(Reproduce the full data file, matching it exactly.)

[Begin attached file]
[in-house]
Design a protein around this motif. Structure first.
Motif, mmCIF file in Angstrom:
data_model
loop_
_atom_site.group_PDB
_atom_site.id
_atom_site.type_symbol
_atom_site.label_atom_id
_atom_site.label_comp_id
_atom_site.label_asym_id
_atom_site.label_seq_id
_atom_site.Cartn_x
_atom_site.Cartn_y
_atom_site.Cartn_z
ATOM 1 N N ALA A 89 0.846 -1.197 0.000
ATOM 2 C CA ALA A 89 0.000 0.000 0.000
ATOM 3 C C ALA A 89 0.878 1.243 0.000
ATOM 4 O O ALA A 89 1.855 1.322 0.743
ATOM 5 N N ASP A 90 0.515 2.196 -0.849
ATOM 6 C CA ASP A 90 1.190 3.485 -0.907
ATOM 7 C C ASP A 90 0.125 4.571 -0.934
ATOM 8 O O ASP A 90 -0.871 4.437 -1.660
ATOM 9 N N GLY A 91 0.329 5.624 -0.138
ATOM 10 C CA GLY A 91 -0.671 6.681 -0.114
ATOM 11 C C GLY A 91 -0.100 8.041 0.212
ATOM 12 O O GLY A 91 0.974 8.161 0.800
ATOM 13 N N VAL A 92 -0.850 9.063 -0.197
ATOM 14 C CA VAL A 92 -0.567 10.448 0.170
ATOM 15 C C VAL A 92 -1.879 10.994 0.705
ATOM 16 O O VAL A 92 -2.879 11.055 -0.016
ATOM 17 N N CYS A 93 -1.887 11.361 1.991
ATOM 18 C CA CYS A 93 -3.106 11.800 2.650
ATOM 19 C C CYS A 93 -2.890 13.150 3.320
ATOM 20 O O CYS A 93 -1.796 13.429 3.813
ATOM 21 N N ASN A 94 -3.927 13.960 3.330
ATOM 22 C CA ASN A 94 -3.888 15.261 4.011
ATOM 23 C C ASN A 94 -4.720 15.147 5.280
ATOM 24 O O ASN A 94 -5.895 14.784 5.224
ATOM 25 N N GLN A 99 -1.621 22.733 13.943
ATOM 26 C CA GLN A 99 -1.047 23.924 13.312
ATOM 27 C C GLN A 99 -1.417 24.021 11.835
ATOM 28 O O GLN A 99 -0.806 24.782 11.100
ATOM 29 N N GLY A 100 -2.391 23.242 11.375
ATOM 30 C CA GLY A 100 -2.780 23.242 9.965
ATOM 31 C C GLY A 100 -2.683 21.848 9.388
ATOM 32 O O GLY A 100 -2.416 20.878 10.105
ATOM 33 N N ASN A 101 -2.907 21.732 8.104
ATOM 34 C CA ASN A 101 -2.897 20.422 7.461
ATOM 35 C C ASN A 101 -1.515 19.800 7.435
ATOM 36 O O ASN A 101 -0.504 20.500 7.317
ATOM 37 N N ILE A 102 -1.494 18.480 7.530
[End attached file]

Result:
[in-house]
Design a protein around this motif. Structure first.
Motif, mmCIF file in Angstrom:
data_model
loop_
_atom_site.group_PDB
_atom_site.id
_atom_site.type_symbol
_atom_site.label_atom_id
_atom_site.label_comp_id
_atom_site.label_asym_id
_atom_site.label_seq_id
_atom_site.Cartn_x
_atom_site.Cartn_y
_atom_site.Cartn_z
ATOM 1 N N ALA A 89 0.846 -1.197 0.000
ATOM 2 C CA ALA A 89 0.000 0.000 0.000
ATOM 3 C C ALA A 89 0.878 1.243 0.000
ATOM 4 O O ALA A 89 1.855 1.322 0.743
ATOM 5 N N ASP A 90 0.515 2.196 -0.849
ATOM 6 C CA ASP A 90 1.190 3.485 -0.907
ATOM 7 C C ASP A 90 0.125 4.571 -0.934
ATOM 8 O O ASP A 90 -0.871 4.437 -1.660
ATOM 9 N N GLY A 91 0.329 5.624 -0.138
ATOM 10 C CA GLY A 91 -0.671 6.681 -0.114
ATOM 11 C C GLY A 91 -0.100 8.041 0.212
ATOM 12 O O GLY A 91 0.974 8.161 0.800
ATOM 13 N N VAL A 92 -0.850 9.063 -0.197
ATOM 14 C CA VAL A 92 -0.567 10.448 0.170
ATOM 15 C C VAL A 92 -1.879 10.994 0.705
ATOM 16 O O VAL A 92 -2.879 11.055 -0.016
ATOM 17 N N CYS A 93 -1.887 11.361 1.991
ATOM 18 C CA CYS A 93 -3.106 11.800 2.650
ATOM 19 C C CYS A 93 -2.890 13.150 3.320
ATOM 20 O O CYS A 93 -1.796 13.429 3.813
ATOM 21 N N ASN A 94 -3.927 13.960 3.330
ATOM 22 C CA ASN A 94 -3.888 15.261 4.011
ATOM 23 C C ASN A 94 -4.720 15.147 5.280
ATOM 24 O O ASN A 94 -5.895 14.784 5.224
ATOM 25 N N GLN A 99 -1.621 22.733 13.943
ATOM 26 C CA GLN A 99 -1.047 23.924 13.312
ATOM 27 C C GLN A 99 -1.417 24.021 11.835
ATOM 28 O O GLN A 99 -0.806 24.782 11.100
ATOM 29 N N GLY A 100 -2.391 23.242 11.375
ATOM 30 C CA GLY A 100 -2.780 23.242 9.965
ATOM 31 C C GLY A 100 -2.683 21.848 9.388
ATOM 32 O O GLY A 100 -2.416 20.878 10.105
ATOM 33 N N ASN A 101 -2.907 21.732 8.104
ATOM 34 C CA ASN A 101 -2.897 20.422 7.461
ATOM 35 C C ASN A 101 -1.515 19.800 7.435
ATOM 36 O O ASN A 101 -0.504 20.500 7.317
ATOM 37 N N ILE A 102 -1.494 18.480 7.530